Know When to Hold ’Em and Know When to Fold ’Em

14.02.2019 |

Episode #10 of the course Mastering your conversations by Jordan Thibodeau


“The rock the stone mason rejects will go on to be the cornerstone for the new world.” —True Believer

Welcome back!

In today’s lesson, we will learn about the importance of walking away from a conversation.


Understanding Power Dynamics in a Conversation

We talked about how conversations are influenced by body language, environment, and the channel of communication. One important aspect that can’t be forgotten is the social status and needs of both individuals. Social status can be the person’s standing within society (CEO, politician, celebrity, etc.) and their needs (financial, emotional, social, etc.). In every conversation, there’s a push and pull between both parties on who determines the frame of the conversation. When engaging in a conversation, the party that has higher power or fewer needs has greater control over the conversation.


Spotting Power Plays

Whether you’re talking one on one or in a group setting, you can see slight tells that indicate who’s in control of the conversation. Not all power plays are as overt as those shown below, but if you find a person in a group setting displaying one or two of these traits, odds are that you have found the Alpha in the group. See if you can spot the following power plays in the next conversation you have:

Freely interrupts people. The Alpha cares little about what other people have to say. If you are trying to get your point across, the Alpha will cut you off and take the conversation in another direction.

Speaks more than others. The Alpha loves to hear themselves speak. When you see someone hold the group’s attention longer than the norm, without interruption, you’re usually dealing with the group Alpha.

Holds contempt for others. Inwardly, the Alpha has contempt for others or anything that challenges their dominant position. They project this by dismissing others, using sarcasm, or smirking at other people’s comments.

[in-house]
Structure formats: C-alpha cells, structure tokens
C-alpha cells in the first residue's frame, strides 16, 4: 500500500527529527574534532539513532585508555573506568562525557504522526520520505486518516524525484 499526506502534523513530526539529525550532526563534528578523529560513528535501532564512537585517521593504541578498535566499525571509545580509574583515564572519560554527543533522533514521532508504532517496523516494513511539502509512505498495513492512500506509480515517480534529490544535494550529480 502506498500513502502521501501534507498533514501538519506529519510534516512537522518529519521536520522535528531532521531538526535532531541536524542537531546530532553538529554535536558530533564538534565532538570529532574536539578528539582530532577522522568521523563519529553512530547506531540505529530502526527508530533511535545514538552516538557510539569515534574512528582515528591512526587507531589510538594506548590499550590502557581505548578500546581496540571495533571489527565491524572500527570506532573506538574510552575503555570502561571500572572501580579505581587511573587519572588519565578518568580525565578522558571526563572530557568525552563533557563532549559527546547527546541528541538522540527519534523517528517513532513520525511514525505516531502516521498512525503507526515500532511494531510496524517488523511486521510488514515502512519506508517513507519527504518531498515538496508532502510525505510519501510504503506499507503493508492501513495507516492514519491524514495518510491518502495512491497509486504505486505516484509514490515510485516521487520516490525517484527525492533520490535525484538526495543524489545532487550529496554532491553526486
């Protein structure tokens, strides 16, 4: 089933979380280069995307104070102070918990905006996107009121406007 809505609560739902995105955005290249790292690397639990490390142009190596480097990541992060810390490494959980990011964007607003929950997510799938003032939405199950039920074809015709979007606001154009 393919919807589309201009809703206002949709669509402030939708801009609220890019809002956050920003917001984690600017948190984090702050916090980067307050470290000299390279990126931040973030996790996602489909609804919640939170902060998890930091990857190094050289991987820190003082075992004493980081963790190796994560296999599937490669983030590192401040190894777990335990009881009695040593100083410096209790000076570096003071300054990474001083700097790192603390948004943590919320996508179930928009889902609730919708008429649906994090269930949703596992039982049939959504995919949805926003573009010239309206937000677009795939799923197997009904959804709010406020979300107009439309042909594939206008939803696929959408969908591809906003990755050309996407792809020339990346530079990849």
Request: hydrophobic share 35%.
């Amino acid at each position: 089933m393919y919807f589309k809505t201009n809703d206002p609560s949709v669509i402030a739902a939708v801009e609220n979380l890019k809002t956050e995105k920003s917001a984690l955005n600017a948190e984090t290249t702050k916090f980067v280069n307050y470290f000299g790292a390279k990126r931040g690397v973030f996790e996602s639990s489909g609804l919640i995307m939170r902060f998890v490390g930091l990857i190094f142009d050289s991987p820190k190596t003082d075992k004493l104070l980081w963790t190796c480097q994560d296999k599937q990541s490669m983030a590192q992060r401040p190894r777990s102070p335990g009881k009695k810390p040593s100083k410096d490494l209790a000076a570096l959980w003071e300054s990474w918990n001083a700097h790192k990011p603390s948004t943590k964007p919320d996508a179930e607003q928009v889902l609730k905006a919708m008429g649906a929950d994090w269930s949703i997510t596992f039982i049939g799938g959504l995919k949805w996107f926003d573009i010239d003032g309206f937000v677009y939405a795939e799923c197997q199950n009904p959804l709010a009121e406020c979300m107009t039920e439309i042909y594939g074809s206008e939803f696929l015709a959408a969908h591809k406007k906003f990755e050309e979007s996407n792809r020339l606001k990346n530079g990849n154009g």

Ignores your comments. When you speak to the Alpha one on one or in a group setting, they will ignore what you say, indicating that your ideas have no value.

Punishes people for disagreeing. The Alpha hates any perceived challenges to their dominance. If they spot a challenger, they will quickly go to neutralize this threat by dismissing the person or cutting them off from access to the group.

Speaks slower and louder than others. The Alpha has control over the channel of communication and doesn’t fear that others will talk over them. Thus, the Alpha takes their time speaking.

Is the center of attention. The conversation must be focused on the Alpha’s needs. If you find the conversation diverting from things that the Alpha isn’t interested in, they will quickly refocus the conversation on their needs.


The Mistake of Trying to Appease the Alpha

If your intention is to change how the Alpha thinks of you, don’t waste your time. By trying to win their favor, you are acting out supplicative tendencies (self-promotion, ingratiation through gift giving, yes-man-ism, etc.) that on the surface, look like a strength but at the core, are wrapped in weakness. Supplicative tendencies are unappealing to the other party because they make you appear inauthentic and exude neediness and submissiveness. This puts you in a position to build a relationship based on domination and contempt, not mutual respect and trust.


When It’s Time to Drop a Conversation

As you spend time trying to win the favor of a particular person, there are thousands of other people who are more than willing to speak to you and have more to offer than who you are chasing. It’s better to focus on finding people who like you for who you are, rather than trying to get people to like you or change their impression of you. Of course, we can all improve our lives, but if someone is asking you to dance to their tune for their acceptance, it’s better to walk.

Great conversations are rooted in personal integrity. If you have to lie to yourself in order to keep a conversation going, it’s time to exit. The following are questions you should be asking yourself during a conversation:

• Does the other person only care about themselves and is unwilling to let you speak?

• Are you masking who you truly are in order to impress someone?

• Are you trying too hard to get the other person to talk?

• Is the person trying to verbally hurt you by dismissing your point of view?


To Do:

1. Look through the list of power plays to see if you know anyone who demonstrates these tendencies.

2. If the person you’re speaking to is exerting any of these power plays, be aware of it and do your best not to succumb to it.

3. If you’re dealing with an Alpha who’s trying to dominate you, it’s time to walk away.

Tomorrow is our final lesson, which teaches us the most important conversation skill.

Jordan Thibodeau

Conversation Mentor


Recommended book

The Laws of Human Nature by Robert Greene


Share with friends